A grower called me to look at a pond in the middle of a cotton field where fish had been dead a few days. There are a mixture of bass and bream that have died. I asked which fish died first, and he said the larger fish. Fish kills can often be associated with chemical runoff or oxygen depletion. When larger fish die first, it is generally the result of some kind of oxygen depletion, since lack of oxygen would affect larger fish first. UGA Extension Aquaculture Specialist Dr. Gary Burtle said there have been several fish kills related to low oxygen in south Georgia in the past week. With rain comes cloudy weather and low oxygen has been a problem recently. Below is what Dr. Burtle has to say:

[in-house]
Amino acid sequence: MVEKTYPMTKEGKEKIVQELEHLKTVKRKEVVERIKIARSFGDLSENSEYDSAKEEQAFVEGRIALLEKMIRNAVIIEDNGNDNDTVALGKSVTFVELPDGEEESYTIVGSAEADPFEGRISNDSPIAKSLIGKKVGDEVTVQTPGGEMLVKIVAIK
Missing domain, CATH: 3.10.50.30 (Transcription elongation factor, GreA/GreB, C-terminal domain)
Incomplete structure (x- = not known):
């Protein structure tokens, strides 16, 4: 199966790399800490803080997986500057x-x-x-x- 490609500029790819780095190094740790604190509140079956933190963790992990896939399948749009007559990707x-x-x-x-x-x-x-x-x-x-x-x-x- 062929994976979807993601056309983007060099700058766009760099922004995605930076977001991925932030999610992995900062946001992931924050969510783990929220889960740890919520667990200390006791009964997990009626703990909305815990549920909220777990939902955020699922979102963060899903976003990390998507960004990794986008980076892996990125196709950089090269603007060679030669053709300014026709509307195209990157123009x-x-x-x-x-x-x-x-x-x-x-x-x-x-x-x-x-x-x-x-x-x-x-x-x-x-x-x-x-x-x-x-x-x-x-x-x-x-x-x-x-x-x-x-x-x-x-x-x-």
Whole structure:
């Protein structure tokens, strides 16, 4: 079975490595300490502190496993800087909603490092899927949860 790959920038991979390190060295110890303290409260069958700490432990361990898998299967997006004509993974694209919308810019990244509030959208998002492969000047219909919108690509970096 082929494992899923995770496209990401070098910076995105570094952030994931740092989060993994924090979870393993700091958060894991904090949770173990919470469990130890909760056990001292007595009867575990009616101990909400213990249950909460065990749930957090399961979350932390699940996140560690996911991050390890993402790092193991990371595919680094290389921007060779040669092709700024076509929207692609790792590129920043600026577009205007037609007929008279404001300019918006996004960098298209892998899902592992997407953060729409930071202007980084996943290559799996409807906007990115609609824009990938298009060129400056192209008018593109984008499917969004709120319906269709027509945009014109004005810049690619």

“The usual reason for fish death after rains is a partial oxygen depletion caused by the influx of water which has no algae in it or a high concentration of bacteria in it. When algae are replaced by bacteria, the water turns brown in color and oxygen concentration drops. Bass are larger than bream, so may be affected first. The oxygen stress may cause the fish to become susceptible to disease, so fish deaths may occur for several days after the partial oxygen depletion.
When the pond begins to ‘green up’ again, oxygen concentrations will increase and fish deaths stop. Until oxygen concentration returns to normal levels, low oxygen each morning or during cloudy weather may cause more fish stress and death. The solution is to install an aerator and operate during cloudy weather, which seems to be more prevalent in Georgia in the late summer and fall.”